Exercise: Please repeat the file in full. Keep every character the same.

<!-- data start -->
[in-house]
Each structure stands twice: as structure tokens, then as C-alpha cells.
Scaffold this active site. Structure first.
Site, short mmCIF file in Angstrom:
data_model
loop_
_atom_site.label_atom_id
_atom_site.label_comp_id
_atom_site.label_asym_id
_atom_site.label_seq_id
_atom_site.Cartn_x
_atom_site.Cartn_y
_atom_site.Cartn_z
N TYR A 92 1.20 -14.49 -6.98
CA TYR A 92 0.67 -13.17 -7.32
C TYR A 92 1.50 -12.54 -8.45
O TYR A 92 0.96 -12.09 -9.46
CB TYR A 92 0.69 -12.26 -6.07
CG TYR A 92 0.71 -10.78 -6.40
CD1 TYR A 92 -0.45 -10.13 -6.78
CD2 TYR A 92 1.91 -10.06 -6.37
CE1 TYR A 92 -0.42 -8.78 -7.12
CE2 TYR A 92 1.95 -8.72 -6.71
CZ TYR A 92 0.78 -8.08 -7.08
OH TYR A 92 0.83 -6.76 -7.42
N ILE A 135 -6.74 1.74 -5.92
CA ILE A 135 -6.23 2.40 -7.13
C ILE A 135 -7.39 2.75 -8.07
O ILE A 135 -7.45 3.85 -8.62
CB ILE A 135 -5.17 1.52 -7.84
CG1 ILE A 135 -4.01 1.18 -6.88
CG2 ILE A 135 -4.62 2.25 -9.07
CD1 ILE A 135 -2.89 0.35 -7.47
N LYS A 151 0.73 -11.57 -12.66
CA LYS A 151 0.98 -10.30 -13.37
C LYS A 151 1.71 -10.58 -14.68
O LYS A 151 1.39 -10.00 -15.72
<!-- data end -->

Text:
[in-house]
Each structure stands twice: as structure tokens, then as C-alpha cells.
Scaffold this active site. Structure first.
Site, short mmCIF file in Angstrom:
data_model
loop_
_atom_site.label_atom_id
_atom_site.label_comp_id
_atom_site.label_asym_id
_atom_site.label_seq_id
_atom_site.Cartn_x
_atom_site.Cartn_y
_atom_site.Cartn_z
N TYR A 92 1.20 -14.49 -6.98
CA TYR A 92 0.67 -13.17 -7.32
C TYR A 92 1.50 -12.54 -8.45
O TYR A 92 0.96 -12.09 -9.46
CB TYR A 92 0.69 -12.26 -6.07
CG TYR A 92 0.71 -10.78 -6.40
CD1 TYR A 92 -0.45 -10.13 -6.78
CD2 TYR A 92 1.91 -10.06 -6.37
CE1 TYR A 92 -0.42 -8.78 -7.12
CE2 TYR A 92 1.95 -8.72 -6.71
CZ TYR A 92 0.78 -8.08 -7.08
OH TYR A 92 0.83 -6.76 -7.42
N ILE A 135 -6.74 1.74 -5.92
CA ILE A 135 -6.23 2.40 -7.13
C ILE A 135 -7.39 2.75 -8.07
O ILE A 135 -7.45 3.85 -8.62
CB ILE A 135 -5.17 1.52 -7.84
CG1 ILE A 135 -4.01 1.18 -6.88
CG2 ILE A 135 -4.62 2.25 -9.07
CD1 ILE A 135 -2.89 0.35 -7.47
N LYS A 151 0.73 -11.57 -12.66
CA LYS A 151 0.98 -10.30 -13.37
C LYS A 151 1.71 -10.58 -14.68
O LYS A 151 1.39 -10.00 -15.72